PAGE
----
Invest in women: Accelerate progress – #IWD2024

‘Invest in women: Accelerate progress’ is the theme for the UN's International Women’s Day 2024. 

To explore that notion, we asked some of Jobs and Skills Australia’s (JSA) women leaders about how their work is helping women’s progress and participation in the Australian workforce.

Assistant Secretary Domestic Skills System, Angela Hope, sees a clear link between robust evidence and informed decision-making.

“Part of my role is to build new data to better understand the employment, economic, education and social outcomes of women and other people experiencing labour market disadvantage. The idea being that this data can generate intelligence which can help advocate for equal participation in society,” Angela says.

“For example, the First Nations Workforce Report shows apprenticeship completion rates for First Nations women in hospitality, retail and service manager roles are very positive, which may encourage others to consider this as an option for them.”

“At the same time, the VET Student Outcomes, Top 100 Courses report clearly demonstrated that females perform better than the national average in gaining employment after study, but are often in jobs that have lower pay. So that is an inequity that needs to be explored further to drive solutions.”

Acting Assistant Secretary for Labour Market and Migration, Natasha Yemm, leads a team that research what is happening across different industries, occupations and regions, and the impact that labour market trends have on various groups, including women.

“To promote equal participation in the economy, we really need to understand the current state and to do all we can to unpick the drivers of inequality,” Natasha says.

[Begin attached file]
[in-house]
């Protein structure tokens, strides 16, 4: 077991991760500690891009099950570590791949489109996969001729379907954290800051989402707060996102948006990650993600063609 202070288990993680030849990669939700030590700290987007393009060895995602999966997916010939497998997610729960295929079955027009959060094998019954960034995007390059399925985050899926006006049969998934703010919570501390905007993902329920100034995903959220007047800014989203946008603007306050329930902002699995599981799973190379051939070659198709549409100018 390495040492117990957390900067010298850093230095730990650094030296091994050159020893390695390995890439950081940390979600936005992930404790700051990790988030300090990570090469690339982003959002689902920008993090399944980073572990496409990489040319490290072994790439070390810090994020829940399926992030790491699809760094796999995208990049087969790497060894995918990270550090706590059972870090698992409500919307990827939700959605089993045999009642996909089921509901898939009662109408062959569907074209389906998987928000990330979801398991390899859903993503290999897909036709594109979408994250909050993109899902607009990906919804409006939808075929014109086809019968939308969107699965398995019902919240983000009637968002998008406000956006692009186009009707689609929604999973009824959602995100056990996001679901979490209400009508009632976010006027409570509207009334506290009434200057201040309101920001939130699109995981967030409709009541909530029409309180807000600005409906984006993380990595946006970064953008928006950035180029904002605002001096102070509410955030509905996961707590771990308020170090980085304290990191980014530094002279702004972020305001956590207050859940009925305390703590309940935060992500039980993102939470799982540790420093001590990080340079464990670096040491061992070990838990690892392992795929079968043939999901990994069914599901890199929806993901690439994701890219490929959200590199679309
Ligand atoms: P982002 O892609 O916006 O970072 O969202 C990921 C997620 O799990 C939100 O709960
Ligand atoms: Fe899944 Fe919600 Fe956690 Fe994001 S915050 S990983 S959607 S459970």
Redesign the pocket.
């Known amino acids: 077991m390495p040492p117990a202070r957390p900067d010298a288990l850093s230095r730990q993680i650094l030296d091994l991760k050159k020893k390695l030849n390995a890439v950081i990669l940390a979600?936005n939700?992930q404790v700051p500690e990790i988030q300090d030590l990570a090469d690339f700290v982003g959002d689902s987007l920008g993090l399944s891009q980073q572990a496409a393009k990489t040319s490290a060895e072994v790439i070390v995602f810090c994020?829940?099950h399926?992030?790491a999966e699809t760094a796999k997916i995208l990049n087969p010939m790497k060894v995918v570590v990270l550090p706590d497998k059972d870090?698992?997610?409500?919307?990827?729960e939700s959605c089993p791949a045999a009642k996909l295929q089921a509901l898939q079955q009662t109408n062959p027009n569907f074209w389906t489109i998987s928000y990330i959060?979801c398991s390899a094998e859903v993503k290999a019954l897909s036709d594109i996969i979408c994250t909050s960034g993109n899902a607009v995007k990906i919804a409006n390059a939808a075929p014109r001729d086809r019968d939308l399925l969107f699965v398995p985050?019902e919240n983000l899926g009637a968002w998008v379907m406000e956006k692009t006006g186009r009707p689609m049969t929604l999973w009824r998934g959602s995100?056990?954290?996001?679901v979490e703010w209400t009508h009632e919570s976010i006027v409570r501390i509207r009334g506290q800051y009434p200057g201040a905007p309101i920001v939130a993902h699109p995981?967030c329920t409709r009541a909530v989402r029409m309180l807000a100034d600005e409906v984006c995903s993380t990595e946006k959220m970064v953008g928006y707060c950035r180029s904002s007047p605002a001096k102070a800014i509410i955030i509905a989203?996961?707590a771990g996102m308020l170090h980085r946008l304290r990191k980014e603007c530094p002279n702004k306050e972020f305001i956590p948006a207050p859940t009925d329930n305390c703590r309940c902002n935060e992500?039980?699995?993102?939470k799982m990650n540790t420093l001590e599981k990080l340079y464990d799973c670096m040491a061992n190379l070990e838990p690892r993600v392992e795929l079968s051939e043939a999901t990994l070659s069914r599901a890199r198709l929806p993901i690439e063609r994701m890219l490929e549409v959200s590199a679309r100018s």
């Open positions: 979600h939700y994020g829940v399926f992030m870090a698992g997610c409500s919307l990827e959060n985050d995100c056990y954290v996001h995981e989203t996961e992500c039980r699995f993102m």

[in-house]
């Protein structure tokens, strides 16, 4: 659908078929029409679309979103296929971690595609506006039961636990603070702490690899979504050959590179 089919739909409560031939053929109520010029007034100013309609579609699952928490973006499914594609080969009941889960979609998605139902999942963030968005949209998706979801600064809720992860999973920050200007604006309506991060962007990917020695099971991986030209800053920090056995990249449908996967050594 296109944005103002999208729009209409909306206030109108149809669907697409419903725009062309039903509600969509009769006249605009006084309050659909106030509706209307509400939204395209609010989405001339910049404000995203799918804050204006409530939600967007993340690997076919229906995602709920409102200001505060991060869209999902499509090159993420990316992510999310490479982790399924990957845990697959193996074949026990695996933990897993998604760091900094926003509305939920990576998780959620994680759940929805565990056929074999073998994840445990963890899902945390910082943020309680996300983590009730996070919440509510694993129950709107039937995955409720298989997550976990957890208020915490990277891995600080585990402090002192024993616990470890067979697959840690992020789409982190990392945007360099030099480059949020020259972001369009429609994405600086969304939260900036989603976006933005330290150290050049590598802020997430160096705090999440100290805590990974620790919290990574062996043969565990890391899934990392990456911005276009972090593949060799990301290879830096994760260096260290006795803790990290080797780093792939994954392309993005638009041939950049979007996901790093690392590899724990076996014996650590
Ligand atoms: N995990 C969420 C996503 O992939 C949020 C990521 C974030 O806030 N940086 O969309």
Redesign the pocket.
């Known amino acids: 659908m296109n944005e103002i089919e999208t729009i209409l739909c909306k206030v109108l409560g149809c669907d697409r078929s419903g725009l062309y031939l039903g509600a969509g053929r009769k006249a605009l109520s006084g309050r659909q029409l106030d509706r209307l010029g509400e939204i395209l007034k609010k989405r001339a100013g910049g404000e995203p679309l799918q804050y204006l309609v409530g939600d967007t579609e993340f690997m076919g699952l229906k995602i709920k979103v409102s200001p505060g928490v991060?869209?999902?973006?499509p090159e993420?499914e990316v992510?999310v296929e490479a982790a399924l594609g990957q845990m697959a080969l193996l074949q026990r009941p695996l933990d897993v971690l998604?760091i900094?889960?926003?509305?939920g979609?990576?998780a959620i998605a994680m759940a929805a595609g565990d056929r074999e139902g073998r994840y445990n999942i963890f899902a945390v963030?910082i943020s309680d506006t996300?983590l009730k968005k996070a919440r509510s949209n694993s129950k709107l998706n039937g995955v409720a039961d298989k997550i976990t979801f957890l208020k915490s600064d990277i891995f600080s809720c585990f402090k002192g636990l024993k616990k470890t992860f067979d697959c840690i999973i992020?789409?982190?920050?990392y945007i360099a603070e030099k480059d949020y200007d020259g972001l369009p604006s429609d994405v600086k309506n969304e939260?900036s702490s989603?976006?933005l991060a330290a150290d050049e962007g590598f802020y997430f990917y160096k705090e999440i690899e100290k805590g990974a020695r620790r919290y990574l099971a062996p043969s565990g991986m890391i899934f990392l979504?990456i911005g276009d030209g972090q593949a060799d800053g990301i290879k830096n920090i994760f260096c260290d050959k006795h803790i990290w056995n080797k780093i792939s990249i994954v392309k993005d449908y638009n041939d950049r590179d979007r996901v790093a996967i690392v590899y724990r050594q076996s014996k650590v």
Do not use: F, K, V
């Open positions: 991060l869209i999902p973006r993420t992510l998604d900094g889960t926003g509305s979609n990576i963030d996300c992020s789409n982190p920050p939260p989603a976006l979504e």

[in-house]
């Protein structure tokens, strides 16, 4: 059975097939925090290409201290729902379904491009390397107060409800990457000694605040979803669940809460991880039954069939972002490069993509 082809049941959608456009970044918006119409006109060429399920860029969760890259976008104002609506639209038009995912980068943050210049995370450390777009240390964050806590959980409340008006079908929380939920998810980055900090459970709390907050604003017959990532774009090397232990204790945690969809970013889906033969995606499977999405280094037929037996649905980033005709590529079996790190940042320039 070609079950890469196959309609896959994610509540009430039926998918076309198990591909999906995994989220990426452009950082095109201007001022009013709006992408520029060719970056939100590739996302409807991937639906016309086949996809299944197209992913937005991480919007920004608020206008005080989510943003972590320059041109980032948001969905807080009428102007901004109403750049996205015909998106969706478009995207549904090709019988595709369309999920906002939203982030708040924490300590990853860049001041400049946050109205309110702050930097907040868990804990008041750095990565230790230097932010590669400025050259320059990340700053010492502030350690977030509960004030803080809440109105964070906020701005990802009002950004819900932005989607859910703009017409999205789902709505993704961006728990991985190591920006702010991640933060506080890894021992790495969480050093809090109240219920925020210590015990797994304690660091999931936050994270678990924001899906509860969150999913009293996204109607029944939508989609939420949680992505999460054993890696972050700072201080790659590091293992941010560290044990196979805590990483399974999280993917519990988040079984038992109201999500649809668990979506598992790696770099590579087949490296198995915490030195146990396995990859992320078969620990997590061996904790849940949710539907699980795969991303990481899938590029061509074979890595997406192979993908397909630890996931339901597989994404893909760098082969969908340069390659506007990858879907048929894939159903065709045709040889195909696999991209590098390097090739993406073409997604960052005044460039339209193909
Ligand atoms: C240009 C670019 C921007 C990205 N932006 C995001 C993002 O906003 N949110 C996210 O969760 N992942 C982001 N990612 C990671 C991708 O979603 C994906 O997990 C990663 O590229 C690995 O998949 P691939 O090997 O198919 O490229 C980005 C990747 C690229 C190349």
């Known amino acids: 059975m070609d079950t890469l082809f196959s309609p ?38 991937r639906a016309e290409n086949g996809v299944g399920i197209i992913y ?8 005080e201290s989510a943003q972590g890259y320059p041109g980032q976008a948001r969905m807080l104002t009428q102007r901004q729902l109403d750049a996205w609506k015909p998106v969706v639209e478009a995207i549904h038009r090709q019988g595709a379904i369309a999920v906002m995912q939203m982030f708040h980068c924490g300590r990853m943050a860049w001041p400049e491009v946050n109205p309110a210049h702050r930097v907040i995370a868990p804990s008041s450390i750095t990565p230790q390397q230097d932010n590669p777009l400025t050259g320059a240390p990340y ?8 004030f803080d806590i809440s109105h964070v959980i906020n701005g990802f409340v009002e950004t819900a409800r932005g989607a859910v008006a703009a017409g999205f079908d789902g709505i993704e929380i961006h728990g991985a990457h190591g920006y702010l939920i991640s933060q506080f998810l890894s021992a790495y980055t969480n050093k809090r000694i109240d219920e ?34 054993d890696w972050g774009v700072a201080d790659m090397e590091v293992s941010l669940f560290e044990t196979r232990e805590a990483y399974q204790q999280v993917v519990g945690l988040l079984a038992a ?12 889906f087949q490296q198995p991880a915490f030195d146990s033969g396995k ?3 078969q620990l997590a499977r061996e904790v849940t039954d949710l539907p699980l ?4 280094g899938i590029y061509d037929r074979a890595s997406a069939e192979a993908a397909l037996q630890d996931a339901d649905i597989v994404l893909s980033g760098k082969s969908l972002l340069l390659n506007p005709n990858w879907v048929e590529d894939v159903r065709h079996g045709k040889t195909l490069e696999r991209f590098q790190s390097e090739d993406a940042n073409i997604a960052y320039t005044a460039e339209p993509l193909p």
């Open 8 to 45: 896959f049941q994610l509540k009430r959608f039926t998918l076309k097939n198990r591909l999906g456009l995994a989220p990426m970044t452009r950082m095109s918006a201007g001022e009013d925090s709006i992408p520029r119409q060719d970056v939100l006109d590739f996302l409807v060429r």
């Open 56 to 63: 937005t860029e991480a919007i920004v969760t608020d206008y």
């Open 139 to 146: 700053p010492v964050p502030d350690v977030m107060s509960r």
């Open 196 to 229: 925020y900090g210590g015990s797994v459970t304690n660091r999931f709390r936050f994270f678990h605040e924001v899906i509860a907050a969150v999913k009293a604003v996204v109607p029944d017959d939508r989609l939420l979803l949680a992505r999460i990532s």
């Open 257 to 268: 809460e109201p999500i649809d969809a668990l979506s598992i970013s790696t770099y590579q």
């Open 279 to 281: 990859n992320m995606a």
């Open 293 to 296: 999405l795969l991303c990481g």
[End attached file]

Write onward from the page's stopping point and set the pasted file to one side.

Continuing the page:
“Australia still has a substantial gender pay gap. Women, especially those aged 25-54, are less likely to be participating in the workforce than men. Access to affordable childcare is a big factor in this.”

Another factor is that many occupations are either dominated by women or by men. For example, construction and mining are male-dominated, while child care, aged care and primary school teaching are dominated by women.

“That has a negative impact on women’s pay and career opportunities, but it also has a negative impact on the whole labour market. For example, gender-skewed occupations are more likely to be in shortage. You can see this clearly in JSA’s Skills Priority List which is updated every year and helps inform the Government on labour market and education priorities including training and apprenticeship incentives.”

Fan Xiang, Director of Vocational Education and Training Outcomes and System Performance, taps into JSA’s VET National Data Asset (VNDA) for insights into the employment, economic and social outcomes women are gaining from their training. Such evidence can help inform policies and programs that empower women to obtain the skills required to thrive in the workplace.

“It’s the first time we’ve matched data on the top 100 courses completed with changes in employment, pay and things such as further study and reduced reliance on social security. VNDA takes a truly innovative approach to generate impactful intelligence that can empower better decision making.”

Reflecting on her own experience in the workplace, Angela Hope exemplifies the IWD 2024 theme.

“The role I am in now has been the hardest but possibly the most rewarding in terms of breaking stereotypes and demonstrating the benefits of gender diversity and inclusion in senior leadership.

“A mentor once said to me that the public service needs different styles of leaders, so be authentic and don’t try to be like the others. I believe the key to our success going forward is to further embrace a diversity of backgrounds, perspectives and ways of working.”

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